Terror clause, trade deadlock queer pitch before SAARC
The talks for negotiating a South Asian Free Trade Area came to a deadlock following a meeting of commerce secretaries in Islamabad.india Updated: Dec 29, 2003 15:08 IST
There were setbacks in store for regional cooperation on Wednesday, prior to next month’s Saarc summit in Islamabad. The talks for negotiating a South Asian Free Trade Area (SAFTA) came to a deadlock following a meeting of commerce secretaries in Islamabad, a Saarc secretariat official told ht from Islamabad.
As a last-ditch effort, the matter will now be referred to the Saarc standing committee meeting on December 31.
In more bad news for the Saarc summit, even the additional protocol to be added to the Saarc convention on terrorism is plagued by serious differences between India and Pakistan. Pakistan has been insisting on distinguishing between terrorists and freedom fighters in the definition of terrorism that is to be included in the additional protocol. Officials said this proposal was not even made in the original 1987 Saarc Convention on Terrorism.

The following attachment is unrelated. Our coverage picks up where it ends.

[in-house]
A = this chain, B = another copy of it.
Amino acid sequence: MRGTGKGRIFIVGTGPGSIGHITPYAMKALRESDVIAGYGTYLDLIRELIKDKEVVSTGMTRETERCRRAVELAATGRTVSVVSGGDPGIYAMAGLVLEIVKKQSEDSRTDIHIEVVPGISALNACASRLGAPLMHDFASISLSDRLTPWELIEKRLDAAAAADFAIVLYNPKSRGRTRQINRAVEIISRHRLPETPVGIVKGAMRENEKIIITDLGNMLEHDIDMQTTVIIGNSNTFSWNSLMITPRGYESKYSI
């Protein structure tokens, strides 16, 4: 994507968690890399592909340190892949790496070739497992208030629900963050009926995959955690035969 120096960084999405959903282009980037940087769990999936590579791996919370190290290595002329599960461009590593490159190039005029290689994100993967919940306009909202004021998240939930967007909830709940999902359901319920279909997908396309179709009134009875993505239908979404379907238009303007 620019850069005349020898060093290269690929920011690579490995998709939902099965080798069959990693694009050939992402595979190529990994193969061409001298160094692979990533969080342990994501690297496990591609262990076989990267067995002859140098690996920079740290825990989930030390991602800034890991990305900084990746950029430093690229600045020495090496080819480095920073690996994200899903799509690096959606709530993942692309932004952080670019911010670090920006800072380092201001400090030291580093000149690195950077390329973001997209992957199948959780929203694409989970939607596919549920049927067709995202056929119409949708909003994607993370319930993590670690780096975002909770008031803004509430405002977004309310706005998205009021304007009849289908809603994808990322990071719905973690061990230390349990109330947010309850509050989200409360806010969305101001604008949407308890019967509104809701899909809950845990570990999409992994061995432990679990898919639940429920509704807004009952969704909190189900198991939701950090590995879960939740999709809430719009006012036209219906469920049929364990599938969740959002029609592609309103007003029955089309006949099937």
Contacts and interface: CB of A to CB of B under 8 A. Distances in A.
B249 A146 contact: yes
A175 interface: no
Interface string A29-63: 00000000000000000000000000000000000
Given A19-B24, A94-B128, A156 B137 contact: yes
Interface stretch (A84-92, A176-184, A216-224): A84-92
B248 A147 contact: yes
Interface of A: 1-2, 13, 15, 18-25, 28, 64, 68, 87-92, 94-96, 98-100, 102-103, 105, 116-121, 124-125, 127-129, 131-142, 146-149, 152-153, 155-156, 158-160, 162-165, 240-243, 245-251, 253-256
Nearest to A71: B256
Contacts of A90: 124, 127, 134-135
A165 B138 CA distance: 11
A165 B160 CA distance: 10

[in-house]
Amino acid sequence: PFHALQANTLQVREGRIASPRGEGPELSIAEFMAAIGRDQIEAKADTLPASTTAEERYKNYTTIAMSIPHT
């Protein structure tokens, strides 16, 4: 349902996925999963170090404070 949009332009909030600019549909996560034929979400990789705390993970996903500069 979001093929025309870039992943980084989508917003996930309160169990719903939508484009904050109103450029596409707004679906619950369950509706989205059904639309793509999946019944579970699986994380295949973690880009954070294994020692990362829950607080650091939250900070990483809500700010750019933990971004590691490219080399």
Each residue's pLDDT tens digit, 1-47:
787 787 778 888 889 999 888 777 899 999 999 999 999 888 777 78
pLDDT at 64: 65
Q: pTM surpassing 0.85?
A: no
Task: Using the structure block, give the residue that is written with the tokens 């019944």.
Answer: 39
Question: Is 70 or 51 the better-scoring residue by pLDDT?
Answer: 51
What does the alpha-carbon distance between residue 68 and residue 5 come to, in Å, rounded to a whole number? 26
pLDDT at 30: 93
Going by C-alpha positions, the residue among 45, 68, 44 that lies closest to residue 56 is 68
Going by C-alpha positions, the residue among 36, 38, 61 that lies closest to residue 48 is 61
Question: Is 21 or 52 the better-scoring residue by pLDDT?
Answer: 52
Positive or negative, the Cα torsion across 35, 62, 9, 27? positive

"In the official meeting in August, India and Pakistan had serious differences on the definition of what constitutes terrorism, and these still persist," a source said.
Another contentious issue is that the members disagree on the domestic measures required in their respective countries to prevent financing of terrorism. While most Saarc countries face terrorism, no consensus seems to be in the offing.
Besides this, the SAFTA deadlock is disappointing considering that it would have boosted intra-regional trade.
India has attached considerable importance to the progress on regional economic issues. Prime Minister Atal Bihari Vajpayee had stressed the same during his recent conversation with his Pakistani counterpart, Mir Zafarullah Khan Jamali.
Interestingly at the SAFTA meeting, while the Pakistani response was favourable, it was Bangladesh that played spoil sport, sources said.
It argued that tariffs be brought down to zero-to-five percent in three years.
Bangladesh also insisted that least developed countries (LDC's) be excluded from the sensitive list. This means that even after SAFTA comes into effect, LDC's like Bangladesh can continue trading sensitive items, which may be in the negative list of non-LDC's like India, Sri Lanka and Pakistan.
First Published: Dec 29, 2003 13:00 IST